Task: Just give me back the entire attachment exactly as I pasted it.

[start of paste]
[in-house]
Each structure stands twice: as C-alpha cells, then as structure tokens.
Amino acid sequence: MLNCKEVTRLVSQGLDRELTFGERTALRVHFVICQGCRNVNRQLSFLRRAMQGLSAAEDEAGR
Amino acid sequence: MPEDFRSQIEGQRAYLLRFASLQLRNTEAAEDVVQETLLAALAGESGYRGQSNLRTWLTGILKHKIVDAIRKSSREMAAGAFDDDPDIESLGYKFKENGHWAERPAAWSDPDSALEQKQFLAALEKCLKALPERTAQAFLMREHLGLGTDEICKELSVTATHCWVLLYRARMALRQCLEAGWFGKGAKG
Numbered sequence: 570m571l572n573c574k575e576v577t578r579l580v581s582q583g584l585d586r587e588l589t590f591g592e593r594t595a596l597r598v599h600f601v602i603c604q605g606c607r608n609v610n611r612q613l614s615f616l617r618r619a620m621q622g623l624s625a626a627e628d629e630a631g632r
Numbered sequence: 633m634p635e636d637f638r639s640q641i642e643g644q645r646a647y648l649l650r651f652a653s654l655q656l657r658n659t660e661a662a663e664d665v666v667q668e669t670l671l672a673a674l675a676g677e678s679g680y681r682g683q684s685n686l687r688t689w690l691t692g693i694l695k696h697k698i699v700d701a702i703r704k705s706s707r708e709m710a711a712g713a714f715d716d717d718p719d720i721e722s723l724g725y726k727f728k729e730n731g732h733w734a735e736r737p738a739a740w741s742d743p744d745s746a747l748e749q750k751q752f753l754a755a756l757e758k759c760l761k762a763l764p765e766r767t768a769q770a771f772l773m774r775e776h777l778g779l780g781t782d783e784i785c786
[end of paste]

[in-house]
Each structure stands twice: as C-alpha cells, then as structure tokens.
Amino acid sequence: MLNCKEVTRLVSQGLDRELTFGERTALRVHFVICQGCRNVNRQLSFLRRAMQGLSAAEDEAGR
Amino acid sequence: MPEDFRSQIEGQRAYLLRFASLQLRNTEAAEDVVQETLLAALAGESGYRGQSNLRTWLTGILKHKIVDAIRKSSREMAAGAFDDDPDIESLGYKFKENGHWAERPAAWSDPDSALEQKQFLAALEKCLKALPERTAQAFLMREHLGLGTDEICKELSVTATHCWVLLYRARMALRQCLEAGWFGKGAKG
Numbered sequence: 570m571l572n573c574k575e576v577t578r579l580v581s582q583g584l585d586r587e588l589t590f591g592e593r594t595a596l597r598v599h600f601v602i603c604q605g606c607r608n609v610n611r612q613l614s615f616l617r618r619a620m621q622g623l624s625a626a627e628d629e630a631g632r
Numbered sequence: 633m634p635e636d637f638r639s640q641i642e643g644q645r646a647y648l649l650r651f652a653s654l655q656l657r658n659t660e661a662a663e664d665v666v667q668e669t670l671l672a673a674l675a676g677e678s679g680y681r682g683q684s685n686l687r688t689w690l691t692g693i694l695k696h697k698i699v700d701a702i703r704k705s706s707r708e709m710a711a712g713a714f715d716d717d718p719d720i721e722s723l724g725y726k727f728k729e730n731g732h733w734a735e736r737p738a739a740w741s742d743p744d745s746a747l748e749q750k751q752f753l754a755a756l757e758k759c760l761k762a763l764p765e766r767t768a769q770a771f772l773m774r775e776h777l778g779l780g781t782d783e784i785c786